Word Wednesday ‘Skulk” by Robin Etherington

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This Week’s Word Is “Skulk.”

Word Wednesday is back after a couple of weeks hiatus, during which we prepared for the return to school and other life things happened. We’re back with a beautiful children’s puzzle book from Laurence King called Skulk. Laurence King makes one of my favorite maze/puzzle books of all time, Pierre the Maze Detectiveso I had high hopes for Skulk too. I was not disappointed. 

It has a Maze that folds out into a large cube. 

Yes. A maze that is a cube. 

In a book. 

With portals.

It’s awesome and worth picking up just for that! 

Borg cube or maze puzzle? You decide!

What is Skulk?

Skulk is a slim hardback crammed full of mazes and puzzles. Written and designed by Robin Etherington, Skulk is vividly brought to life by the illustrations of Renaud Vigourt. Skulk is evidence of a happy marriage between author and illustrator. 

The book’s opening premise is that Skulk is a shadow, who is inseparable from his partner, “the boy.” In a comic strip introduction, Skulk and the boy find an ancient map, which leads them to a castle (brilliantly named “Castle Chiaroscuro”) and some barely guarded treasure. This, of course, is a trap. Skulk falls deep beneath the castle, torn from the boy and so begins his quest to return to the surface so they can be reunited. 

Skulk consists of 11 puzzles, the majority of which contain a maze element. Of the two puzzles that don’t contain a maze, one of them is a word puzzle and the other is a numerical puzzle, with visual clues. The mazes come in all different types, with interesting quirks, such as charting the course of a beam of light around a hall of mirrors, or connecting pictures in the ancestral gallery. There are also a number of masks for you to find as you traverse the castle. (Masks? Very on-trend for 2020!)

Why Read Skulk?

Much as with Hoakes Islandanother excellent Laurence King puzzle book, Skulk is a pleasure to hold in your hands. Even though the mazes are intended for children, they’re fun for adults to pore over too. The drawings are excellent and the mazes’ quirky extras, give you something to think about beyond getting from point A to point B.

If I had a criticism of the book, it’s that sadly, the center page fold occasionally causes issues. It’s impossible to fold the pages completely flat, so some detail on the binding is obscured. It’s not a big thing, but it’s there, and not an easy problem to solve because of how bookbinding works.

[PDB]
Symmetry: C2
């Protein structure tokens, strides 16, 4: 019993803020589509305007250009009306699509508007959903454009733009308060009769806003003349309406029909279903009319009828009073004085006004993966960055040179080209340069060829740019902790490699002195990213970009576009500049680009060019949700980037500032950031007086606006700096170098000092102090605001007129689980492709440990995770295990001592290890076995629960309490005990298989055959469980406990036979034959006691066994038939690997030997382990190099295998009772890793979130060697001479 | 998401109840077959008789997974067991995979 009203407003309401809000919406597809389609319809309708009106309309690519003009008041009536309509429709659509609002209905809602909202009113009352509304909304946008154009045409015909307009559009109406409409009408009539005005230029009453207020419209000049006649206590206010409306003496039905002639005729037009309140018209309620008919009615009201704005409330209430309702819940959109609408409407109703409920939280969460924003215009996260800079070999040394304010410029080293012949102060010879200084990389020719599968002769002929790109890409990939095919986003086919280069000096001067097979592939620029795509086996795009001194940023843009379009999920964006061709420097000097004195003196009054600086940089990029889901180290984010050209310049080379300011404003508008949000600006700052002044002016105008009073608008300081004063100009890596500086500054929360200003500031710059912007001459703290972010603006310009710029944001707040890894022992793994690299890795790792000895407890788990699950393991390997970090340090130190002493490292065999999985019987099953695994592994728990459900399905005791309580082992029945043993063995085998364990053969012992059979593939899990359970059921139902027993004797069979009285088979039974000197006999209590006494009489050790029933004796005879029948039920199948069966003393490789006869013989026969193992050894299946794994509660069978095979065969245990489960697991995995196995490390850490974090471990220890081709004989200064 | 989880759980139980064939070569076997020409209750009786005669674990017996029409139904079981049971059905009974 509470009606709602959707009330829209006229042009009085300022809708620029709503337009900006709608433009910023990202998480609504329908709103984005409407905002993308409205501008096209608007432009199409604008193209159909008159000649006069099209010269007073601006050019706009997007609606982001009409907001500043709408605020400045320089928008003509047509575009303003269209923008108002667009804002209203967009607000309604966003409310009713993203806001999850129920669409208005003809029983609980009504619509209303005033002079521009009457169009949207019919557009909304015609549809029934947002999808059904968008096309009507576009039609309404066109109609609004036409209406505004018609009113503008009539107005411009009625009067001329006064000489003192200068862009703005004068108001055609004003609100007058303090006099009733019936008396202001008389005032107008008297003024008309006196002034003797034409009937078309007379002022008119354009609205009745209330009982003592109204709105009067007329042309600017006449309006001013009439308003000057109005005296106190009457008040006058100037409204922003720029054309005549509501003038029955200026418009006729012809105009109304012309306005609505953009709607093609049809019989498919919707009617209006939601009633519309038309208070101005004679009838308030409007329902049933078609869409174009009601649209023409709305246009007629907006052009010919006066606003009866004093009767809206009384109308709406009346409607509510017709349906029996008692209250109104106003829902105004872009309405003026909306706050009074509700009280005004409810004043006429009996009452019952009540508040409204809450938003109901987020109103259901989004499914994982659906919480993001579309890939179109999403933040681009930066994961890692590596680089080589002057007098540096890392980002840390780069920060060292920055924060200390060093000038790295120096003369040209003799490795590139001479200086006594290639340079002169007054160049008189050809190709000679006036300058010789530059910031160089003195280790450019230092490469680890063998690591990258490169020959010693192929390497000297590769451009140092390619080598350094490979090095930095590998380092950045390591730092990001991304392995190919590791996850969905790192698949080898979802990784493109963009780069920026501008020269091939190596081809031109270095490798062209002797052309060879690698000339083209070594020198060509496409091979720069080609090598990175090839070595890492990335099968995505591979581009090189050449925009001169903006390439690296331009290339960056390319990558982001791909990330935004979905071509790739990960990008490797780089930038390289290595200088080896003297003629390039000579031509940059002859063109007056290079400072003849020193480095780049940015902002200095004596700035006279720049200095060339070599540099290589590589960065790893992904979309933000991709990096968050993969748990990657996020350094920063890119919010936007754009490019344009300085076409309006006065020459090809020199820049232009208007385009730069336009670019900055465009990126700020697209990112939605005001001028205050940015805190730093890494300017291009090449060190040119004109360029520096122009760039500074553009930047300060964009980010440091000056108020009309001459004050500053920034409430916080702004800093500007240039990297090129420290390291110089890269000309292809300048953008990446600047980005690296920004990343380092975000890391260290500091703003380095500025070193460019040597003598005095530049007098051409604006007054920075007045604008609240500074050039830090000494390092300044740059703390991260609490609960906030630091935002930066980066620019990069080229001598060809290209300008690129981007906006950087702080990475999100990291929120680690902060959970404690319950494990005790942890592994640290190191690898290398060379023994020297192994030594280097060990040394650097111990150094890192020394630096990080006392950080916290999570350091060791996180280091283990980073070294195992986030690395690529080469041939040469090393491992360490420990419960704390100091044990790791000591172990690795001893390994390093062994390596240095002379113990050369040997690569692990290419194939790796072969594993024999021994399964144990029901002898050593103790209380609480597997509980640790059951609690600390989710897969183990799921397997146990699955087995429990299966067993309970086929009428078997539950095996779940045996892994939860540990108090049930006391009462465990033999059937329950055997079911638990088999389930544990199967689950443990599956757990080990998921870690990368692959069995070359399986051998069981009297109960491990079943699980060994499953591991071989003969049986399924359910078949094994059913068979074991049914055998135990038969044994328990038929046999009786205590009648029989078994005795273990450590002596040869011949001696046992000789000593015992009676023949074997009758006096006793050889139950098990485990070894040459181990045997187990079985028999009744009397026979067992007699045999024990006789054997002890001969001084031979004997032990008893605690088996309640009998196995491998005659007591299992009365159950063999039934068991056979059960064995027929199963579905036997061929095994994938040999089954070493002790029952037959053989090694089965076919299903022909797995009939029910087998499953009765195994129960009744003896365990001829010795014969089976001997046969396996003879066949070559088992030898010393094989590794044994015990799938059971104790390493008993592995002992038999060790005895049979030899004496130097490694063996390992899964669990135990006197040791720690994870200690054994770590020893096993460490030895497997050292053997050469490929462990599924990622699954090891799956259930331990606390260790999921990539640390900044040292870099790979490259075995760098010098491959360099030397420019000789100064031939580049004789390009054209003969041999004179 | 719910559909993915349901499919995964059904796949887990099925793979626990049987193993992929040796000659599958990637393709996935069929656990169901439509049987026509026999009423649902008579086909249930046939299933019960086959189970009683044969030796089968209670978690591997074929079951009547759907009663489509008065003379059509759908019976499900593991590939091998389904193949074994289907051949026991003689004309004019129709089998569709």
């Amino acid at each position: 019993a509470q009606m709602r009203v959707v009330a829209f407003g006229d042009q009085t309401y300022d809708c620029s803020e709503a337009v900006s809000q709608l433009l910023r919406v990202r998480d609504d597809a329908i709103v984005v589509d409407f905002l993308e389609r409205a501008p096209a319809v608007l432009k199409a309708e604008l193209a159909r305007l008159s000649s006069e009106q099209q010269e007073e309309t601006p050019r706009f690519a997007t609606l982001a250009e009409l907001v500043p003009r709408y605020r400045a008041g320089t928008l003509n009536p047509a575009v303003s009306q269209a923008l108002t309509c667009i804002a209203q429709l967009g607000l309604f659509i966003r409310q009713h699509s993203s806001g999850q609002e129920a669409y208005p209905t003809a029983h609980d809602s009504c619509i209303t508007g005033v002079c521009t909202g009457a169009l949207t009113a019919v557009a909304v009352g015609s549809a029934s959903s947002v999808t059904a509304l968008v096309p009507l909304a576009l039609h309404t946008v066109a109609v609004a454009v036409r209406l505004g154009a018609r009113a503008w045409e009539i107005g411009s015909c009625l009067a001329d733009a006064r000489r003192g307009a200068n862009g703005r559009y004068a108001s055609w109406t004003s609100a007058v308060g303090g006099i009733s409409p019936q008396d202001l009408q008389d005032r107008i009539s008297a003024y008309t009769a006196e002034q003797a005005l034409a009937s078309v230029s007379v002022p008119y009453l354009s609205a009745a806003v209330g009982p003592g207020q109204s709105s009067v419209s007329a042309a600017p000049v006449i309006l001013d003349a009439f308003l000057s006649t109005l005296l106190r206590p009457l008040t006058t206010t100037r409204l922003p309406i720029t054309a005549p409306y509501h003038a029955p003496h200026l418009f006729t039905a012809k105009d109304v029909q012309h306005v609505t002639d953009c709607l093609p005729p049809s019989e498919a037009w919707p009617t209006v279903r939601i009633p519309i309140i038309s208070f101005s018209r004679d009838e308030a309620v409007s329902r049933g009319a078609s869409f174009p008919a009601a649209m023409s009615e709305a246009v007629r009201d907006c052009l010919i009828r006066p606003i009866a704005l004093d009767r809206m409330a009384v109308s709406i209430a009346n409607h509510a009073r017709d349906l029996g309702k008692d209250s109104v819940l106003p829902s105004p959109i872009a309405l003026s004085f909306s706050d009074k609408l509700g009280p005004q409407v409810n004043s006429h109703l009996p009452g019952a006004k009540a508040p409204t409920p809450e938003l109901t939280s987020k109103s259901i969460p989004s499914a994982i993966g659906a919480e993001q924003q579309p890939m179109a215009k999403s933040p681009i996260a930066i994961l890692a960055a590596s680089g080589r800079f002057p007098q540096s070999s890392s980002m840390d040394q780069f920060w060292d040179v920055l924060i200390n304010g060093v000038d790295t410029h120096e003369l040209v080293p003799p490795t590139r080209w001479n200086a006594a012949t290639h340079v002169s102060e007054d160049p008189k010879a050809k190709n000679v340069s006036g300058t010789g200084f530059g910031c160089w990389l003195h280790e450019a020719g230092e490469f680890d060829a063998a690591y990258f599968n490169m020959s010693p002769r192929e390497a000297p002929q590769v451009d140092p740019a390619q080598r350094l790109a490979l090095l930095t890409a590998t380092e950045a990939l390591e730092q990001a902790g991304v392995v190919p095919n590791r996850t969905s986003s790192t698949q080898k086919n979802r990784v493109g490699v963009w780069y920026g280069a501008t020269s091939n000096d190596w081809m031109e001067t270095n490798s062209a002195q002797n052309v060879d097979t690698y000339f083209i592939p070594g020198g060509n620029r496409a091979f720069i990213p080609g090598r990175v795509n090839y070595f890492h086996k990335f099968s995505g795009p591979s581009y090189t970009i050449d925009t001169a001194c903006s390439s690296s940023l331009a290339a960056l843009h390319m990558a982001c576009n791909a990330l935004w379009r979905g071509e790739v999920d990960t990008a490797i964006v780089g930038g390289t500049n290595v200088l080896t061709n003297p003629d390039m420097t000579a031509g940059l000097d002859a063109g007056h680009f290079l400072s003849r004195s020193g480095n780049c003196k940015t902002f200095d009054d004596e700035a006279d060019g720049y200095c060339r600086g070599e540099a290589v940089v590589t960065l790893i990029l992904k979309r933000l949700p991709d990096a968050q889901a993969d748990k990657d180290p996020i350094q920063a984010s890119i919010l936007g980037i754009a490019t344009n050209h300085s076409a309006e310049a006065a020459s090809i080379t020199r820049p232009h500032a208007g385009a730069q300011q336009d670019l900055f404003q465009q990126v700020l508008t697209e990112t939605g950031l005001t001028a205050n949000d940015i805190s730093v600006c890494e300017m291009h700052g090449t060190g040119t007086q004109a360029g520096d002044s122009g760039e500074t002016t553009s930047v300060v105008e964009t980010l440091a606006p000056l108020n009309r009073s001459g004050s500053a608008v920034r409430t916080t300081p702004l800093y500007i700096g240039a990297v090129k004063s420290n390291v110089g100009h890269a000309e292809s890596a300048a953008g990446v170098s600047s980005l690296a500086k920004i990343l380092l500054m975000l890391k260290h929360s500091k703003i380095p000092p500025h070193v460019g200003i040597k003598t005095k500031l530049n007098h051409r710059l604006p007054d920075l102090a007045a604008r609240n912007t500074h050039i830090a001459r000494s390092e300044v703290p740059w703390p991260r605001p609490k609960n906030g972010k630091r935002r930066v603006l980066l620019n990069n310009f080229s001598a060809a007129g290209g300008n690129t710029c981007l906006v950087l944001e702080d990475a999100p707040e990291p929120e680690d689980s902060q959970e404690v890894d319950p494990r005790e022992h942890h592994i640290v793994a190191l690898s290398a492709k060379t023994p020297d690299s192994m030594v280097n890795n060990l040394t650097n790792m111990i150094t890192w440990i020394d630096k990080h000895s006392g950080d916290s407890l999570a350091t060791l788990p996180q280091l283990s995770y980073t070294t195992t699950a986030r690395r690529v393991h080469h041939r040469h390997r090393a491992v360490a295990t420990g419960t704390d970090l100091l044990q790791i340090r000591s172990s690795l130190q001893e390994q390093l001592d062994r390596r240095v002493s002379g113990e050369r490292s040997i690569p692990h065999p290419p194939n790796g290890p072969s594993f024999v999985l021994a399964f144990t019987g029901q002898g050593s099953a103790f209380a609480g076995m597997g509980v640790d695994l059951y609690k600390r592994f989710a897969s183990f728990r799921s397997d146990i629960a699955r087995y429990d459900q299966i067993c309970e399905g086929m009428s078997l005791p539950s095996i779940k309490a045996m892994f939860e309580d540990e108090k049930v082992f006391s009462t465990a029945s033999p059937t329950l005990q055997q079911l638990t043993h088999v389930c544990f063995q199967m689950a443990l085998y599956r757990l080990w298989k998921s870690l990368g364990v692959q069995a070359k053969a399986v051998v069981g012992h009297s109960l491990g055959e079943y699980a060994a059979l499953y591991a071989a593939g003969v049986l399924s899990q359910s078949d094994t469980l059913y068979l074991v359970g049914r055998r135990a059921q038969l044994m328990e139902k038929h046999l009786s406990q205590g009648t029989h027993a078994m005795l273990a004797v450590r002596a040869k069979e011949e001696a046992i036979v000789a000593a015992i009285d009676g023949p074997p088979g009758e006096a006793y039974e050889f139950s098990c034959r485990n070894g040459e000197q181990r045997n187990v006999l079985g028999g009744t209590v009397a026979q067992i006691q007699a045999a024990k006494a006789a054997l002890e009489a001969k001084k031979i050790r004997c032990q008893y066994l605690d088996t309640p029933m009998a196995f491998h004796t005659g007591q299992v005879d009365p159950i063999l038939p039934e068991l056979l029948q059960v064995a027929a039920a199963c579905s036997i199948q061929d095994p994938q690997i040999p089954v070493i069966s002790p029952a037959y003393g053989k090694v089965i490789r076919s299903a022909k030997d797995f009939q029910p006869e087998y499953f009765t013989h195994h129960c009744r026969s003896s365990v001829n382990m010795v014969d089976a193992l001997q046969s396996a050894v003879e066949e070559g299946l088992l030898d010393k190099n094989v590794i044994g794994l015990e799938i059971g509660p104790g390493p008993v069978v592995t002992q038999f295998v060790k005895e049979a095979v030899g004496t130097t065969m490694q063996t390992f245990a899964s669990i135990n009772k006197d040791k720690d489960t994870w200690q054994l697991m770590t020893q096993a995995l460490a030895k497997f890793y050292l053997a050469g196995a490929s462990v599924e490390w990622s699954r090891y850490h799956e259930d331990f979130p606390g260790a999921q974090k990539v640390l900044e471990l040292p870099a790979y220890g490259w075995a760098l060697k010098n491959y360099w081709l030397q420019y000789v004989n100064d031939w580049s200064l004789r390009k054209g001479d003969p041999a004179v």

Nevertheless, Skulk is an excellent maze book, that should keep children diverted for a good few hours as they unlock its secrets. As I mentioned at the beginning of the review, the highlight is the cube maze, which is a top-quality piece of paper engineering and an idea so elegant, you have to wonder why we don’t see this sort of thing more regularly in maze books. If a cube maze wasn’t enough, it even has portals that much up across the faces of the cube so you can travel from one side to another as you try to find your way! The cube is definitely one of Skulk’s highlights; your kids will love it and they’ll want to show it off to everyone they meet. 

I’ve really enjoyed Skulk. It’s the best book of its type I’ve seen in a while. It’s an engaging, highly atmospheric book for everybody who loves a maze. 

If you’d like to pick up a copy of Skulk, you can do so here, in the US and here, in the UK. 

If you enjoyed this review you can check out more of my Word Wednesday reviews, here and a host of other Laurence King books, here.

The cube maze has portals from which you travel from one side to the other!

Disclosure: I received a copy of this book in order to write this review. My US book link is an affiliate link. 

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